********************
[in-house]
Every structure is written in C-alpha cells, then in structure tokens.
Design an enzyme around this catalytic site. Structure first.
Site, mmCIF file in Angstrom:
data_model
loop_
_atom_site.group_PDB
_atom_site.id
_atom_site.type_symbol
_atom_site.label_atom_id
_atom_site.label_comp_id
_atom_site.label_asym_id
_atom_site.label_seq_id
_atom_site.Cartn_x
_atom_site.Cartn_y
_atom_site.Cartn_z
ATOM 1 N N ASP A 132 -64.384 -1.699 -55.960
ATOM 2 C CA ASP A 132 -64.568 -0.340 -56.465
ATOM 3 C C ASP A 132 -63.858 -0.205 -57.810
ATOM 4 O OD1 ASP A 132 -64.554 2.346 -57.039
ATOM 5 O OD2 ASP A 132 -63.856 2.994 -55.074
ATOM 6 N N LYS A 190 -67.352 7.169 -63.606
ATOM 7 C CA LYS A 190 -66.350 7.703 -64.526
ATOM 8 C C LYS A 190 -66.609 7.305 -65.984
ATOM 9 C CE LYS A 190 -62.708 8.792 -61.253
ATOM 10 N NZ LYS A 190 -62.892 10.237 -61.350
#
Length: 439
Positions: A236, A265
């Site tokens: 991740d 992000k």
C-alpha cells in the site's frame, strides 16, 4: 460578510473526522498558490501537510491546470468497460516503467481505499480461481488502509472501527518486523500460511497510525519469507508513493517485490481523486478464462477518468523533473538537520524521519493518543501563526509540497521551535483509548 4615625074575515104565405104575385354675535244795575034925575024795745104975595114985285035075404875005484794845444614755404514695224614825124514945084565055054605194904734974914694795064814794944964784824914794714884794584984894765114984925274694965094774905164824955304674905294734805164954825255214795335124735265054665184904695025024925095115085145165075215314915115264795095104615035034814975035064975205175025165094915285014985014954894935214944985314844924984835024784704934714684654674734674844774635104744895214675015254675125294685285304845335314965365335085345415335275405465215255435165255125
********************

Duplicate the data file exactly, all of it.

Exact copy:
[in-house]
Every structure is written in C-alpha cells, then in structure tokens.
Design an enzyme around this catalytic site. Structure first.
Site, mmCIF file in Angstrom:
data_model
loop_
_atom_site.group_PDB
_atom_site.id
_atom_site.type_symbol
_atom_site.label_atom_id
_atom_site.label_comp_id
_atom_site.label_asym_id
_atom_site.label_seq_id
_atom_site.Cartn_x
_atom_site.Cartn_y
_atom_site.Cartn_z
ATOM 1 N N ASP A 132 -64.384 -1.699 -55.960
ATOM 2 C CA ASP A 132 -64.568 -0.340 -56.465
ATOM 3 C C ASP A 132 -63.858 -0.205 -57.810
ATOM 4 O OD1 ASP A 132 -64.554 2.346 -57.039
ATOM 5 O OD2 ASP A 132 -63.856 2.994 -55.074
ATOM 6 N N LYS A 190 -67.352 7.169 -63.606
ATOM 7 C CA LYS A 190 -66.350 7.703 -64.526
ATOM 8 C C LYS A 190 -66.609 7.305 -65.984
ATOM 9 C CE LYS A 190 -62.708 8.792 -61.253
ATOM 10 N NZ LYS A 190 -62.892 10.237 -61.350
#
Length: 439
Positions: A236, A265
């Site tokens: 991740d 992000k």
C-alpha cells in the site's frame, strides 16, 4: 460578510473526522498558490501537510491546470468497460516503467481505499480461481488502509472501527518486523500460511497510525519469507508513493517485490481523486478464462477518468523533473538537520524521519493518543501563526509540497521551535483509548 4615625074575515104565405104575385354675535244795575034925575024795745104975595114985285035075404875005484794845444614755404514695224614825124514945084565055054605194904734974914694795064814794944964784824914794714884794584984894765114984925274694965094774905164824955304674905294734805164954825255214795335124735265054665184904695025024925095115085145165075215314915115264795095104615035034814975035064975205175025165094915285014985014954894935214944985314844924984835024784704934714684654674734674844774635104744895214675015254675125294685285304845335314965365335085345415335275405465215255435165255125